CULTURAL DIVERSITY FINAL
1. In America, ethnocentrism and race play very large parts in our culture and diversity.
Ethnocentrism is the view that one culture is better or stronger than another due to it’s
members and their accomplishments. Race is a separate idea that classifies humans based
on several factors, including skin color, genetic traits and cultural identification. These
cultural ideas are crucial in understanding the cultural and racial differences in America.
Stone Mountain Park and the holiday Kwanzaa were both covered in the telecourse, and
both have interesting ties to the ideas of ethnocentrism and race.
Kwanzaa, for all intents and purposes, is a made up holiday. During the black
power movement, Ron Karenga developed this holiday, dedicated solely to cultural and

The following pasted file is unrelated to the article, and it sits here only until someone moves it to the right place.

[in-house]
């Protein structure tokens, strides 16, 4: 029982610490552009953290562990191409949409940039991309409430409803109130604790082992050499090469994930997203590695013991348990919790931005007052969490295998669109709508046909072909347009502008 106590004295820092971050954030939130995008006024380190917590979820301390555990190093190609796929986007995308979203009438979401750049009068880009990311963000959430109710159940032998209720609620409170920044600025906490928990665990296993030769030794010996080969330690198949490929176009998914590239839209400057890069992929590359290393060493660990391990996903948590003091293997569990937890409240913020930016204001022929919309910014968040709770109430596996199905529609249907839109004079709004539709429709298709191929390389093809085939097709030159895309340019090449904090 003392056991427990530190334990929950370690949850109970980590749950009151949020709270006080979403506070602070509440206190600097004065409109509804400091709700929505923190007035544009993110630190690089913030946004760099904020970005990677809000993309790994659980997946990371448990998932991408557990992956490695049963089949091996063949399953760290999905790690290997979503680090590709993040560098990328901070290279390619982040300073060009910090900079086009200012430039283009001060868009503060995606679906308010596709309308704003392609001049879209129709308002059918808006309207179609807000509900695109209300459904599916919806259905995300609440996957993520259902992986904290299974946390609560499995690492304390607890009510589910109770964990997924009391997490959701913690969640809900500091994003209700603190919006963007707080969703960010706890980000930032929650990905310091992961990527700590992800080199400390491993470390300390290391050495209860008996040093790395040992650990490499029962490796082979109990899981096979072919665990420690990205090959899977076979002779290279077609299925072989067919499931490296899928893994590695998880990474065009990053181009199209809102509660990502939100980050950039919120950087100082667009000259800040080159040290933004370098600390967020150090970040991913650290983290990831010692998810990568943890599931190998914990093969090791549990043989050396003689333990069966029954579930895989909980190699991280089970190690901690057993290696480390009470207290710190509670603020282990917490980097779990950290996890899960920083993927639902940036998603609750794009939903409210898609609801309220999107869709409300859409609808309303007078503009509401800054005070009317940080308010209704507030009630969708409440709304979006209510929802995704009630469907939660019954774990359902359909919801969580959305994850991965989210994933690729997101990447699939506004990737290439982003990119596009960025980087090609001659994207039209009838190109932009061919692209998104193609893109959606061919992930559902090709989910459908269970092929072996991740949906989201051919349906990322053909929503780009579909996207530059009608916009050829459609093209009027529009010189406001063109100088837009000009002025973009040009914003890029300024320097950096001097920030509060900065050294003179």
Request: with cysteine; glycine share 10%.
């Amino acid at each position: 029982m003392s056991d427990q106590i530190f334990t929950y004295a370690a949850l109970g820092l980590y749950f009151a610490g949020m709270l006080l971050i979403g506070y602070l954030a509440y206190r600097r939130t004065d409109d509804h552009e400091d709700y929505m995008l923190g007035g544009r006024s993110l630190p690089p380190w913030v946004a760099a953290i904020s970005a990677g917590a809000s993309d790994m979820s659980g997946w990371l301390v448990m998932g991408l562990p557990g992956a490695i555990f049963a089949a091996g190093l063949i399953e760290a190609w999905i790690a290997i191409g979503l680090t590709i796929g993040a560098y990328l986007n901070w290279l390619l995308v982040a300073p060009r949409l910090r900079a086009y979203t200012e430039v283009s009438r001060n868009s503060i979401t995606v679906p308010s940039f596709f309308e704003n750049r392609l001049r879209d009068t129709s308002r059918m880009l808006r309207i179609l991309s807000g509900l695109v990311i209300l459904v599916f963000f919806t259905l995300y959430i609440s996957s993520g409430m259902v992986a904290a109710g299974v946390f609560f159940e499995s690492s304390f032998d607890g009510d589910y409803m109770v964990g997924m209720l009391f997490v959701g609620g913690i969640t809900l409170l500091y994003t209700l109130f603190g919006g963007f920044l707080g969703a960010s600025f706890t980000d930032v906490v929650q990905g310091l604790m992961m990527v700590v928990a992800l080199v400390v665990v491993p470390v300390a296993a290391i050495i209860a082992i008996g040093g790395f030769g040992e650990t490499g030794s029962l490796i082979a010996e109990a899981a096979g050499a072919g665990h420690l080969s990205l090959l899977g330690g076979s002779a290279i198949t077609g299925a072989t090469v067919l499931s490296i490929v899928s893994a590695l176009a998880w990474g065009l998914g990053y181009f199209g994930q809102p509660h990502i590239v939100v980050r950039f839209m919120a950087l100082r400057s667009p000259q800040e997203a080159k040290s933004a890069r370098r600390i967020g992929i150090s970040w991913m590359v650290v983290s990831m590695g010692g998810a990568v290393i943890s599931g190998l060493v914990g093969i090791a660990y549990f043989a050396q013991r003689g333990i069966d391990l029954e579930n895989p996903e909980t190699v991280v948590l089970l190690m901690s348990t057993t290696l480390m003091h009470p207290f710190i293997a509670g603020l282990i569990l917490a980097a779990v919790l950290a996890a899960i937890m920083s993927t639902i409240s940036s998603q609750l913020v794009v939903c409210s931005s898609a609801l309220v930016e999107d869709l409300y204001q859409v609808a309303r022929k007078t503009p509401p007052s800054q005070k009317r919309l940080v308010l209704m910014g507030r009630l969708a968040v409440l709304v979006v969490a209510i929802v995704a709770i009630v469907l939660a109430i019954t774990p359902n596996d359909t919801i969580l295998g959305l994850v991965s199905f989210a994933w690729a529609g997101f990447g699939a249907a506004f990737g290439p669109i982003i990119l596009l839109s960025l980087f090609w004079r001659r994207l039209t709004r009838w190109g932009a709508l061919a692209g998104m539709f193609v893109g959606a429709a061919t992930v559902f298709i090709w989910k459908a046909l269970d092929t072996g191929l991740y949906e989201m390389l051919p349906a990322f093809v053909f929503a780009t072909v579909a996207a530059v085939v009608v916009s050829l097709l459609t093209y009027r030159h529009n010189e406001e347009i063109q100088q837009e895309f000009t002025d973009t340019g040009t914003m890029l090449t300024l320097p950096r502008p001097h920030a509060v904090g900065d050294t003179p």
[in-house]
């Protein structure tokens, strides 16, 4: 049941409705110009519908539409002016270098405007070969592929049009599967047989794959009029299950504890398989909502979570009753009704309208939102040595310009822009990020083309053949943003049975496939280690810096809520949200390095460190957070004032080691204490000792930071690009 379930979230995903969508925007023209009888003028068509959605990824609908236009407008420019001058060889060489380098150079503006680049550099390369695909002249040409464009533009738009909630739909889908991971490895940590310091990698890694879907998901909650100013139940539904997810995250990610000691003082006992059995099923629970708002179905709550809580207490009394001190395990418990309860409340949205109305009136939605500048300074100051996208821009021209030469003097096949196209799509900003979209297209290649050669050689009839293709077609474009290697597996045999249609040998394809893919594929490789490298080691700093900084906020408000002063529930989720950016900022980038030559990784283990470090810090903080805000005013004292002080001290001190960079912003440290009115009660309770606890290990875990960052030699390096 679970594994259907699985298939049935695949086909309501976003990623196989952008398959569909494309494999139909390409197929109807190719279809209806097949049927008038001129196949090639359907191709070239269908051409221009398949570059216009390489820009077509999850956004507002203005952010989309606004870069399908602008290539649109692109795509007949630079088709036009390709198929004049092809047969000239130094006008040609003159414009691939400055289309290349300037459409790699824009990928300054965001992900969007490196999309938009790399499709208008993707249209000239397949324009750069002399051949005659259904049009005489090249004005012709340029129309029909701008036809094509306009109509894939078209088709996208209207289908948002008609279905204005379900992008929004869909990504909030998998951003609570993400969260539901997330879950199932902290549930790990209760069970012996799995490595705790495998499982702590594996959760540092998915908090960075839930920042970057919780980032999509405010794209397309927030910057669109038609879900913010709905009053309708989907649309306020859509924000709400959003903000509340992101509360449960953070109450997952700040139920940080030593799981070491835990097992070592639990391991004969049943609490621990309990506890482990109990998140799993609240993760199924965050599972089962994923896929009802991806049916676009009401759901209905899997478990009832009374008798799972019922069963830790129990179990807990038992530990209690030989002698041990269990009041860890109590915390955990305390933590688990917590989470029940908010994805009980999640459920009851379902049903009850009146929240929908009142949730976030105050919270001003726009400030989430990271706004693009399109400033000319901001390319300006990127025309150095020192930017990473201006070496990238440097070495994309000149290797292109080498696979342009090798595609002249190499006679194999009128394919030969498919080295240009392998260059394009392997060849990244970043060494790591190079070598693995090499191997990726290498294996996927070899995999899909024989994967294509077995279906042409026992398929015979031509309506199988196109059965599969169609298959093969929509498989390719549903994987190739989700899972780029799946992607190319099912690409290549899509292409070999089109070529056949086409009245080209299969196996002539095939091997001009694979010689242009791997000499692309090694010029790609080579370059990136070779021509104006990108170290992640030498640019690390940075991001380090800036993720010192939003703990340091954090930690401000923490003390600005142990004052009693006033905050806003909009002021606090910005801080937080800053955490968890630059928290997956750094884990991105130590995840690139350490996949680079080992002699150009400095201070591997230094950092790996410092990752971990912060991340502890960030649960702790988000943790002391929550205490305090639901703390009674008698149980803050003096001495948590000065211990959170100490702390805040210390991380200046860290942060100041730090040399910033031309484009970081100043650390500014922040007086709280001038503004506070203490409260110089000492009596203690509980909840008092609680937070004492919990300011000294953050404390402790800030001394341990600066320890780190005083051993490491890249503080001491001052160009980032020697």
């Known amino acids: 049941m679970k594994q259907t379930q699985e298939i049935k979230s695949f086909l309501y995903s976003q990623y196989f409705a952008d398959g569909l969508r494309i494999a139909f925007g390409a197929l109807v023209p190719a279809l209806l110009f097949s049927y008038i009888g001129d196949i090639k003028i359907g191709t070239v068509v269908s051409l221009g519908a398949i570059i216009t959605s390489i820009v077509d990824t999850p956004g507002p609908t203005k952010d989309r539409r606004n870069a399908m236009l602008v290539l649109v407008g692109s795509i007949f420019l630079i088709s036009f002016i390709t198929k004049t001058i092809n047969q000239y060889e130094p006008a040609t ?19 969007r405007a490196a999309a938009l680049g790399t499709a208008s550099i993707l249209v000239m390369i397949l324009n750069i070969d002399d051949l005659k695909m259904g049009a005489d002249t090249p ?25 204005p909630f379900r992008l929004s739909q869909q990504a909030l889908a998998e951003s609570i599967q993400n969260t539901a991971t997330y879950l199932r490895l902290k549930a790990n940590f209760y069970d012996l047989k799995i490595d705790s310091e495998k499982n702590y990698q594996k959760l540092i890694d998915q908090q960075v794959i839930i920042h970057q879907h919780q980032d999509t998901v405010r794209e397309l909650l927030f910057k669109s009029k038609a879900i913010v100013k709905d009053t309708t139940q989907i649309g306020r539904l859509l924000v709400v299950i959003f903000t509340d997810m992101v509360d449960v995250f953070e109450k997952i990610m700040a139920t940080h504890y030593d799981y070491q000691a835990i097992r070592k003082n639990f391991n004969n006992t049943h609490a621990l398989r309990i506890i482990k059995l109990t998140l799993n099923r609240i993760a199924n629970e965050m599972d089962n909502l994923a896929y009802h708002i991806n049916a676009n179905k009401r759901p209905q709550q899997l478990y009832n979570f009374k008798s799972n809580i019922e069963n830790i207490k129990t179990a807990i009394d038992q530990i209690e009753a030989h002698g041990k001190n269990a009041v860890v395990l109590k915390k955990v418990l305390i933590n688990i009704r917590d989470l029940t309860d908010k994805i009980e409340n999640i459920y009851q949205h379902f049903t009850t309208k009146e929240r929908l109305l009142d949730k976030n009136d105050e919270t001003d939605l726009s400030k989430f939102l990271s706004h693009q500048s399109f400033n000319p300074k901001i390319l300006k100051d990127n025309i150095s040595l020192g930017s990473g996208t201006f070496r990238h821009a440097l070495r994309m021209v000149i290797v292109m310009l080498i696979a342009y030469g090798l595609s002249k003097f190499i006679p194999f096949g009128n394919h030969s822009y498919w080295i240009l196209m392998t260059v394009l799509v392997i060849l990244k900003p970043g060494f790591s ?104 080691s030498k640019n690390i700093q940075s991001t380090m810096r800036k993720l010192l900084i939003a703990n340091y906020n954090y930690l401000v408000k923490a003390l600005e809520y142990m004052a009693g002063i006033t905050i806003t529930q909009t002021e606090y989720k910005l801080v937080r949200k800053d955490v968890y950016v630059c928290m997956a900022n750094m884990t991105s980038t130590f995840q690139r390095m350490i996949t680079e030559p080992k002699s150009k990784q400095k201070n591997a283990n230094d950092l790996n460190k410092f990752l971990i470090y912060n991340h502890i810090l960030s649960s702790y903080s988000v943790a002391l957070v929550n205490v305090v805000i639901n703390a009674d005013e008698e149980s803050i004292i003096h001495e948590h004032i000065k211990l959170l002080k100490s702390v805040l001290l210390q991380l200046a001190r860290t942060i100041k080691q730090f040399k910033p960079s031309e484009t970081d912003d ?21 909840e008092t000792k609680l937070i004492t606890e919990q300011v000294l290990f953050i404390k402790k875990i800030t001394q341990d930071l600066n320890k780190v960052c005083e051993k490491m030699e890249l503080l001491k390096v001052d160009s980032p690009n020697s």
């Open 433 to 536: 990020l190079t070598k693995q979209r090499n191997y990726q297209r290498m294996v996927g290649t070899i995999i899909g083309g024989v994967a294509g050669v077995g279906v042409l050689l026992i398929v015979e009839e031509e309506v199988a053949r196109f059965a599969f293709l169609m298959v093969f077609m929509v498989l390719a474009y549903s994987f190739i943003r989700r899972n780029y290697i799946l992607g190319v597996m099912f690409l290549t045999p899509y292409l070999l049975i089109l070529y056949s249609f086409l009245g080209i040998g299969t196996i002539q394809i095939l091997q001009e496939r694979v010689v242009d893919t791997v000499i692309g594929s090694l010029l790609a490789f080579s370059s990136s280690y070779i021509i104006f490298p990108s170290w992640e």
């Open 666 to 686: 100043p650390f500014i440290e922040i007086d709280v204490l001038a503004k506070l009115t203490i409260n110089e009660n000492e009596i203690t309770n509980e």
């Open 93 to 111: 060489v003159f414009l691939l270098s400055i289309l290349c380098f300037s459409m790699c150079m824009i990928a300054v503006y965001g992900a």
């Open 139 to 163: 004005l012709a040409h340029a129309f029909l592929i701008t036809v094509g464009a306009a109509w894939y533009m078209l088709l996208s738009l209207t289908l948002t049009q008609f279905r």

ethnic support of Africans. The holiday had no bearings in religion, but was celebrated
around the time of Christmas and Hanukah. Karenga stated he started this holiday in
order to celebrate what he called the “seven principles of Kwanzaa”, including unity,
self-determination, responsibility, cooperative economics, purpose, creativity and faith.
These principles, and effectively, the holiday, allowed blacks to celebrate and take pride
in their heritage, which was a form of ethnocentrism. Unlike the history of Stone
Mountain Park, however, this ethnocentrism was good in that it allowed blacks to
transcend the social unrest of the time and be proud of their history.
Stone Mountain Park is a large, exposed rock in Georgia. It is best known for it’s
large relief carving of leaders of the Confederacy, and as a meeting place for the Ku Klux
Klan. The Klan used this mountain as a meeting spot due to it’s high visibility.
According to the video, when on the mountain on a clear day, one could see for almost
200 miles. This could allow the KKK to see things such as burning crosses. The